Sometimes a little voice, one usually buried in one of the deeper chasms of my subconscious, emerges and takes over my brain – completely.

The voice is often troublesome, and it’s typically loudest after a few adult beverages. And what I’m hearing isn’t the proverbial devil-on-my-shoulder telling me to do bad things. If only it were that tame.

No, the voice I hear is one that encourages – nay, implores – me to explore the depraved side of my otherwise squeaky-clean imagination. An out-of-town guest recently provided me with both the excuse and the know-how to fully realize the nastiness inside me. I always expected that our sweet lil’ ol’ Cowtown was like every other thriving metropolis and had a seedy underbelly. But I had no idea.

the blok rectangle

Our night started innocuously enough: dinner with another friend at Sardines Italiano Ristorante. After the three of us downed a couple of bottles of Chianti, I suggested that we walk across the parking lot to the Blue Grotto for cocktails. The out-of-towner, however, had different plans. He told us he knew of a “great” place where we could all “hang out” and “just have fun.” “Nothing fancy or crazy,” he said – like the Great Satan Hisself, my buddy is a master of persuasion. “We’ll just drop in, see what’s up.”

A couple of minutes later, we found ourselves in a strip mall off Highway 377. We parked and walked toward a storefront hung with a piece of plywood on which was painted the silhouette of a long-haired, buxom lass – she looked like one of those gals on 18-wheelers’ mud flaps. Next to her, by the entrance, stood a suit of armor.

We walked in, and the light of dusk behind us had the same effect on the “customers” as it might have had on a coven. The room was long and narrow, with couches lining the perimeter and a pool table near the entrance. Lying languidly on the couches were about a half-dozen women in various stages of undress, watching the news on tv. Noticing us, one of the women groaned and said, “Looks like we have to go to work.”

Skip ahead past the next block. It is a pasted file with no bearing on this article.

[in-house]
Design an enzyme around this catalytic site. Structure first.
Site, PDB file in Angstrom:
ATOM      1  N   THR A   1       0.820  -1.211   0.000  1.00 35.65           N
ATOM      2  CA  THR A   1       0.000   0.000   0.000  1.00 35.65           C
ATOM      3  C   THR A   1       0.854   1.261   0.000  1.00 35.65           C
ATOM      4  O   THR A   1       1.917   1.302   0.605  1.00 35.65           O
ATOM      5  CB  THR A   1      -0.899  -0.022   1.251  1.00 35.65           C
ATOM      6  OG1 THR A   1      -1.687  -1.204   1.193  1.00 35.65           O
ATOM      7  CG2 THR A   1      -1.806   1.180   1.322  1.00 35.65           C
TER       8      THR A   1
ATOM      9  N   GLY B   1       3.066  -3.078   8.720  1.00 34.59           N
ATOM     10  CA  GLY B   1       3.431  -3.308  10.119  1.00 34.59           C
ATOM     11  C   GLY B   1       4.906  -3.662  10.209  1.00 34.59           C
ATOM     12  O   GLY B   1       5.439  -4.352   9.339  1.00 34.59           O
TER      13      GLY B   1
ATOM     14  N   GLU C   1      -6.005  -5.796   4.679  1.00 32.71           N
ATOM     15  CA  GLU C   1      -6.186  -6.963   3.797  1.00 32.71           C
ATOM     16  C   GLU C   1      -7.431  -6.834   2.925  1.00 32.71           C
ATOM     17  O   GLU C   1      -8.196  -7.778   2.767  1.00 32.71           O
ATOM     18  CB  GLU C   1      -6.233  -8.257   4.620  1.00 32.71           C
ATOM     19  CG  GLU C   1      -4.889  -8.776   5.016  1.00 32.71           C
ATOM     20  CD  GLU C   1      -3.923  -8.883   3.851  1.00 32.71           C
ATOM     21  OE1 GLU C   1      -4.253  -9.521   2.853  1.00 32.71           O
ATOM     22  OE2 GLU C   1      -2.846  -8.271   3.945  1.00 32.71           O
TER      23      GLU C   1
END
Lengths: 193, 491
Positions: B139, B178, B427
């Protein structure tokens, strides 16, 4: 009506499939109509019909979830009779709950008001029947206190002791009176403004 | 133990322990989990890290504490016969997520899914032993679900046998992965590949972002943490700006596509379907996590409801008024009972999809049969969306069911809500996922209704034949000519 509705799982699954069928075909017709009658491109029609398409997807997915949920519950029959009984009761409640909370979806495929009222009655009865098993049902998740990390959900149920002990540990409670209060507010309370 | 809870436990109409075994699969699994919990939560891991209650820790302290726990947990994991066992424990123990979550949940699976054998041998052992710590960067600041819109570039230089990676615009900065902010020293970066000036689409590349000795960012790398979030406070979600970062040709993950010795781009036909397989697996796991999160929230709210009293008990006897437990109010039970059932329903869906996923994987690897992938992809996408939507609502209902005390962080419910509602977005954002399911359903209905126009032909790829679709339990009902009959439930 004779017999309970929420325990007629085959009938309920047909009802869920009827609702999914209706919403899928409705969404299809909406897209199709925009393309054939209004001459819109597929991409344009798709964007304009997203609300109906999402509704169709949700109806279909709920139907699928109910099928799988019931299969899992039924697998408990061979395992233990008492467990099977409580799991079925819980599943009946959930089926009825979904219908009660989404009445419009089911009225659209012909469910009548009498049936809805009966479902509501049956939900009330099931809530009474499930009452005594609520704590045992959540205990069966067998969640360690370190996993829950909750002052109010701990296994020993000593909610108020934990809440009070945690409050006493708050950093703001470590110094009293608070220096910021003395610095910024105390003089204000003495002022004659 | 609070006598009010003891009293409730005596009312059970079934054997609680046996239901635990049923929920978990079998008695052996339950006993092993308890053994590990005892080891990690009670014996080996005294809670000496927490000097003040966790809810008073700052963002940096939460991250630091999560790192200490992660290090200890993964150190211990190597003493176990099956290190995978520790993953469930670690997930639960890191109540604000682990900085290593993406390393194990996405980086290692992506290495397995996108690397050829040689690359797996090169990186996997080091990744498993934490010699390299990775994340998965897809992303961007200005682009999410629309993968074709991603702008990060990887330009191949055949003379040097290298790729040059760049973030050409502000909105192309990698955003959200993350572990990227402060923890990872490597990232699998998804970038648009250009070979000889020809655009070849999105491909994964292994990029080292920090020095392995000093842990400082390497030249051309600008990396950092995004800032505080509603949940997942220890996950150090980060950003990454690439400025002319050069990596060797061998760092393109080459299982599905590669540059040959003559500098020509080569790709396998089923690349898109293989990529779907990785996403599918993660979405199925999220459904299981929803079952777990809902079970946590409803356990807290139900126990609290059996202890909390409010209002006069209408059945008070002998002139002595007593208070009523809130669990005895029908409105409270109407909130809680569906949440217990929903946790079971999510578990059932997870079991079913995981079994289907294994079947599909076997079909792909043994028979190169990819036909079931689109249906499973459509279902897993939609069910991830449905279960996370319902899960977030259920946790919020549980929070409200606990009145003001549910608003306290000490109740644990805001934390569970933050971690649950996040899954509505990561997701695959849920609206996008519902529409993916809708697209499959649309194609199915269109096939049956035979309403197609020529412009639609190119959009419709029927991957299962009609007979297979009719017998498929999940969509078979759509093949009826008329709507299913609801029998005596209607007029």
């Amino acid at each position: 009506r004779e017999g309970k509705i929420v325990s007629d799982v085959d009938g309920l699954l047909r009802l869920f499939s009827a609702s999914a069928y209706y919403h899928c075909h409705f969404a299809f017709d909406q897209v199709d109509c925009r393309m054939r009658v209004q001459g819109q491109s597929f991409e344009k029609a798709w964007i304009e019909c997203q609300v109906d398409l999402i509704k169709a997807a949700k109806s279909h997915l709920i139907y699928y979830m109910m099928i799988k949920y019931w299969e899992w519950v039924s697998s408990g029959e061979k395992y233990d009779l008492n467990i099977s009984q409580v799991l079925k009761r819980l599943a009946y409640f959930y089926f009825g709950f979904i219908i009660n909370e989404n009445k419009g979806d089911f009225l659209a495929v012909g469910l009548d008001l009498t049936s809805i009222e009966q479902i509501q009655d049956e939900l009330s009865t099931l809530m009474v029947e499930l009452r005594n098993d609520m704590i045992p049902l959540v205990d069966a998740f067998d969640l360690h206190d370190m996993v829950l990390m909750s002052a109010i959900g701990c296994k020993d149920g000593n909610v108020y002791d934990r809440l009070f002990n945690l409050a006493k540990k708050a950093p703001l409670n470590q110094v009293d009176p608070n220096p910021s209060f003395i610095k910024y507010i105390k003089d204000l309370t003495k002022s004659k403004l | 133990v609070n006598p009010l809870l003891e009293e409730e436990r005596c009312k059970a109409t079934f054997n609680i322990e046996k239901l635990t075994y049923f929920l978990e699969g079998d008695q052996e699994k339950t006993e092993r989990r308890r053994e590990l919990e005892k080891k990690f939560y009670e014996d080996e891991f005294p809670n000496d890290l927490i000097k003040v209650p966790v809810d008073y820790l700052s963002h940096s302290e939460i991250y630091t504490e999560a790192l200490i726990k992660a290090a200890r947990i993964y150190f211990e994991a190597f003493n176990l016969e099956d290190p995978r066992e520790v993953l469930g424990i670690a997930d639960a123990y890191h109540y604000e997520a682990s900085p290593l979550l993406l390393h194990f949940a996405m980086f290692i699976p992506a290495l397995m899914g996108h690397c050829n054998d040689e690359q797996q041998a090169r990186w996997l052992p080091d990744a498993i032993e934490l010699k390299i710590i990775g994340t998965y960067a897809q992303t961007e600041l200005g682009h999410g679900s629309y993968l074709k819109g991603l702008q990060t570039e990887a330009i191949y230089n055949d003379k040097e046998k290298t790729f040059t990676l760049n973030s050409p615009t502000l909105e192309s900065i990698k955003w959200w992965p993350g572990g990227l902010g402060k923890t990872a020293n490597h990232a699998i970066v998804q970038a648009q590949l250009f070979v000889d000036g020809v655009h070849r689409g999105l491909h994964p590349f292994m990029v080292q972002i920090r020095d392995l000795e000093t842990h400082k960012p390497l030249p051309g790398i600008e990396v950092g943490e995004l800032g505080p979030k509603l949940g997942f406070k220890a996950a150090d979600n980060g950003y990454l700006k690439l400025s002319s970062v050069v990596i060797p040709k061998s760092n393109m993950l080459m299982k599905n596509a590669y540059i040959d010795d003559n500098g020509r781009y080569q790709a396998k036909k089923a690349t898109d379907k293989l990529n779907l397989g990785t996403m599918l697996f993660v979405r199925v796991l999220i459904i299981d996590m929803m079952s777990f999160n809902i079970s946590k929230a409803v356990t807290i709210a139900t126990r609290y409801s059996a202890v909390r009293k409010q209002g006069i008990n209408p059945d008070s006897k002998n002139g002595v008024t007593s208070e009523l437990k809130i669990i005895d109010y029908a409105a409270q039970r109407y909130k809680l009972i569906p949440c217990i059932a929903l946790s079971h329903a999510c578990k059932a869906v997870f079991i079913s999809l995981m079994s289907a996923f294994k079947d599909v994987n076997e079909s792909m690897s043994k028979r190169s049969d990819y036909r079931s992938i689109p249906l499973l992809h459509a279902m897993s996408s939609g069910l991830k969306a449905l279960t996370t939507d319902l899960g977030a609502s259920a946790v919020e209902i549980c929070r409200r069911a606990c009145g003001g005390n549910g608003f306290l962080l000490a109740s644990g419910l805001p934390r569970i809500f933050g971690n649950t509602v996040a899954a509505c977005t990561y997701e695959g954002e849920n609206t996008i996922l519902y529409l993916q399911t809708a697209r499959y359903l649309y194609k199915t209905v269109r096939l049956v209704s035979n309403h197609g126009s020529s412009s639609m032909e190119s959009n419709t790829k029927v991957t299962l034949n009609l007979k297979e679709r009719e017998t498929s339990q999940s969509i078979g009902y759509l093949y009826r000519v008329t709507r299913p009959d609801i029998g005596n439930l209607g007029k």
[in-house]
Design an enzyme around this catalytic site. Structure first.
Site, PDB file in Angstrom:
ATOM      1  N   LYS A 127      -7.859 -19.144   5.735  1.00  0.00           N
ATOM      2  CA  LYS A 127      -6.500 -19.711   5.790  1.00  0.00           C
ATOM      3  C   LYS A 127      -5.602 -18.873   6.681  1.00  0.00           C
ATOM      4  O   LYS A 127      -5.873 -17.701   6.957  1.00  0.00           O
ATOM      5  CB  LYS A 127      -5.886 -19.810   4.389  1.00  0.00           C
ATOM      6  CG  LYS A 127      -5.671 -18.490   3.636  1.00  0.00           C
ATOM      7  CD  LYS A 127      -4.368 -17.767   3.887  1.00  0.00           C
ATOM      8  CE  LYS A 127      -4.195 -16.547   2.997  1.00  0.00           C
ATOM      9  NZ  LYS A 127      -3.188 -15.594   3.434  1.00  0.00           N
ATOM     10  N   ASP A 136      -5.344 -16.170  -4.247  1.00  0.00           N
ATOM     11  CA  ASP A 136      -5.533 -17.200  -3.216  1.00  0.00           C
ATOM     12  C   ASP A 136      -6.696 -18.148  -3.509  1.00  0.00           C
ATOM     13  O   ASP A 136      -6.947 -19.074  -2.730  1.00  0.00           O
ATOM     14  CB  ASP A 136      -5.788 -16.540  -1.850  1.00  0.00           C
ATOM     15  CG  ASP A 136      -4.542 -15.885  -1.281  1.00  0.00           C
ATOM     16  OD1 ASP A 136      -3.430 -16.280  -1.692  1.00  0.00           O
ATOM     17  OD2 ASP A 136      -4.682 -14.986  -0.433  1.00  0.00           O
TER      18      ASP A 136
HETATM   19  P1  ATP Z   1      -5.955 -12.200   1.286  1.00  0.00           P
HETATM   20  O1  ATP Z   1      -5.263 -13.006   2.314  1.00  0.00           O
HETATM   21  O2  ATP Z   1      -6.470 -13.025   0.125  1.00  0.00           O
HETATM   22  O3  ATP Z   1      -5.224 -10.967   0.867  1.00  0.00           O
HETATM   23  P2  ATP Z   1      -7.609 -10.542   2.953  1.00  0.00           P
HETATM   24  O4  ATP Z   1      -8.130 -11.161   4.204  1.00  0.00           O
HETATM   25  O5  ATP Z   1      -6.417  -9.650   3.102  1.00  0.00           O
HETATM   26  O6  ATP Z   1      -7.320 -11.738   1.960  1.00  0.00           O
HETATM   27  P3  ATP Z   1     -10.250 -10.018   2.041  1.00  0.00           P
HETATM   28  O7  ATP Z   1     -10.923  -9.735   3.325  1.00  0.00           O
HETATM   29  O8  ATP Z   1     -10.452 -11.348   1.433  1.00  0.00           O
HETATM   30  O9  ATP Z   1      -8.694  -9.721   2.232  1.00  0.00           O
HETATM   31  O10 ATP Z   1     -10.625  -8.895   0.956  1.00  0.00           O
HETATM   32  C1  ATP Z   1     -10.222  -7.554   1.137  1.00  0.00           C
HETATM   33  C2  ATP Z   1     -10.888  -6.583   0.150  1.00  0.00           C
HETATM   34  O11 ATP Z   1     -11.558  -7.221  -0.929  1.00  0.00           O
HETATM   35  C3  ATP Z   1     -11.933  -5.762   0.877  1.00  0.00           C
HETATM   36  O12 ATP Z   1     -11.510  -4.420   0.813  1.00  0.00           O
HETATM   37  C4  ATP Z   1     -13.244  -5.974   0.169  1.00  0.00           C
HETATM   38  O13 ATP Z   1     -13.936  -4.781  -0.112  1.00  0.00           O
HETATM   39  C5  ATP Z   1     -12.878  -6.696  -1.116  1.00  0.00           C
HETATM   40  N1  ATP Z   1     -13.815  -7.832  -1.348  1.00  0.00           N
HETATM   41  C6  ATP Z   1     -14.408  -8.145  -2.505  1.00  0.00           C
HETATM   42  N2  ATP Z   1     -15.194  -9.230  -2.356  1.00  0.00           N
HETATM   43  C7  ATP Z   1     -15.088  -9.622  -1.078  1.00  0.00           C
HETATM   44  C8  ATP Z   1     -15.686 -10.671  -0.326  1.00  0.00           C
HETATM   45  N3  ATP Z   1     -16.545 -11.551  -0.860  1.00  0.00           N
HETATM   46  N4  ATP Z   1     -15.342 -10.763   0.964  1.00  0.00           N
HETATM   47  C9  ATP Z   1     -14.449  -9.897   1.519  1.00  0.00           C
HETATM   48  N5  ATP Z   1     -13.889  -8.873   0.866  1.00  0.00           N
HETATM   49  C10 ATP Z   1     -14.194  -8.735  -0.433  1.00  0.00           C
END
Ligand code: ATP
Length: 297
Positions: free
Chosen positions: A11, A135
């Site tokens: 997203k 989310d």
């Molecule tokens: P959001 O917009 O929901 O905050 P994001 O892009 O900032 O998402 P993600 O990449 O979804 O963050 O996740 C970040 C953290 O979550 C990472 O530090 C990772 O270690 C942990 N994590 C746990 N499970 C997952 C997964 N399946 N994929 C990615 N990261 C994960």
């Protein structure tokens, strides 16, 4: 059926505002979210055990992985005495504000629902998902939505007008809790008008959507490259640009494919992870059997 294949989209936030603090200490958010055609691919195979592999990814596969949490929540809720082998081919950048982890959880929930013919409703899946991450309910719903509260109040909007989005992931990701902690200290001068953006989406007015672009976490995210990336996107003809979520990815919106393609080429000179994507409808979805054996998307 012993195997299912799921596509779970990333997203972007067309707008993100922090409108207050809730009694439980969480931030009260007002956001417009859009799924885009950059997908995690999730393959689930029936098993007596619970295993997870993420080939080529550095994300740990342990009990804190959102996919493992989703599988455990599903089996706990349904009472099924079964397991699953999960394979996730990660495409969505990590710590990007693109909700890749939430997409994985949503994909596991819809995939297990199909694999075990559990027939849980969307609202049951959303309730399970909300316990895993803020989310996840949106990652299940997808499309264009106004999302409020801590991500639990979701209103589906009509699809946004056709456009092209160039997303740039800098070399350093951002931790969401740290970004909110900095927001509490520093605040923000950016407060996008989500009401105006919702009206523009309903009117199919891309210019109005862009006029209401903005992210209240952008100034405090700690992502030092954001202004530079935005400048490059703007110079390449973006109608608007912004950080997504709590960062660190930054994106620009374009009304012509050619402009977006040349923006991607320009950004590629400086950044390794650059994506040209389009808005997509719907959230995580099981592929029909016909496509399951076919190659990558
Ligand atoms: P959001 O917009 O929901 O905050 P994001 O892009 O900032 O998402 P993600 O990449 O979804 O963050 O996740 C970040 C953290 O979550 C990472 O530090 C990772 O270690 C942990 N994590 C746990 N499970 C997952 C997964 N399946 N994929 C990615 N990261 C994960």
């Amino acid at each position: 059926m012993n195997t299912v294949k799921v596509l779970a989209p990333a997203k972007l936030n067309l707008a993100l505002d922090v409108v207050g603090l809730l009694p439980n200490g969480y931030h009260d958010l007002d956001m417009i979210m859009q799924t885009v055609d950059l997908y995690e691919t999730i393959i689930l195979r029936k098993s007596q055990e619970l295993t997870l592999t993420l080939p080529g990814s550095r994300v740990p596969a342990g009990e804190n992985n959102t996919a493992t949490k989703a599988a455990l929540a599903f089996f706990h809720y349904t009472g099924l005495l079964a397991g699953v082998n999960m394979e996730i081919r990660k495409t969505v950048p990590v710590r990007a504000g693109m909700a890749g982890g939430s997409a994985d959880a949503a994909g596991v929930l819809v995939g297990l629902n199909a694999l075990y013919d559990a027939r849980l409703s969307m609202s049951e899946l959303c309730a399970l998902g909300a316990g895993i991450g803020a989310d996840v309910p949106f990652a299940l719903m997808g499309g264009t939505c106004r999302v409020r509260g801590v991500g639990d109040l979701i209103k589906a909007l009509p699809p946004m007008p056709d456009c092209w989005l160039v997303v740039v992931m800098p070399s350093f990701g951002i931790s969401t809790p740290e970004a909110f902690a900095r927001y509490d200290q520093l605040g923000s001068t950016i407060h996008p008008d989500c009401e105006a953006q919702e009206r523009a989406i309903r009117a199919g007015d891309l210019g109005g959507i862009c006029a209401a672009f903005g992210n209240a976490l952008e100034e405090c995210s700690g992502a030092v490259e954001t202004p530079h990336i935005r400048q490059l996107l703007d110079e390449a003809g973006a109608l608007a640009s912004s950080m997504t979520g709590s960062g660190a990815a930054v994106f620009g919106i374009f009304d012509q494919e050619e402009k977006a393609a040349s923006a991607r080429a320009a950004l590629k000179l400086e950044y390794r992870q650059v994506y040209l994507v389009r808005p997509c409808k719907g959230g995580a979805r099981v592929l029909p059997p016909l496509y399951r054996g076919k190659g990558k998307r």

Now, at this point, my normal self would have bolted. But that voice inside me, it just had to stay, just to see how bad things could get (which may explain my knack for journalism).

As my one friend and I glued ourselves to the pool table, the out-of-towner asked one of the “customers”: “So how does this work?” He was told that we could buy either a $20 cup of tea or a $40 cup of tea and have it “served” in the back of the room, where there were several cubicles separated by thin curtains. The out-of-towner forked over a 20, selected his “server,” and retired with her to Cubicleland.

Believe it or not, he probably fared better than my buddy and me. As we nervously lined up and missed gimmes, one of the “customers” approached us, and, well, let’s just say she began making us feel very uncomfortable. Mercifully, the out-of-towner reappeared, and we were on our way. Next stop: the comfort of a strip club on Camp Bowie West, where I never thought I’d be so glad to see a midget entertainer with an orthopedic shoe strut her stuff.

I have not heard from that little voice since.

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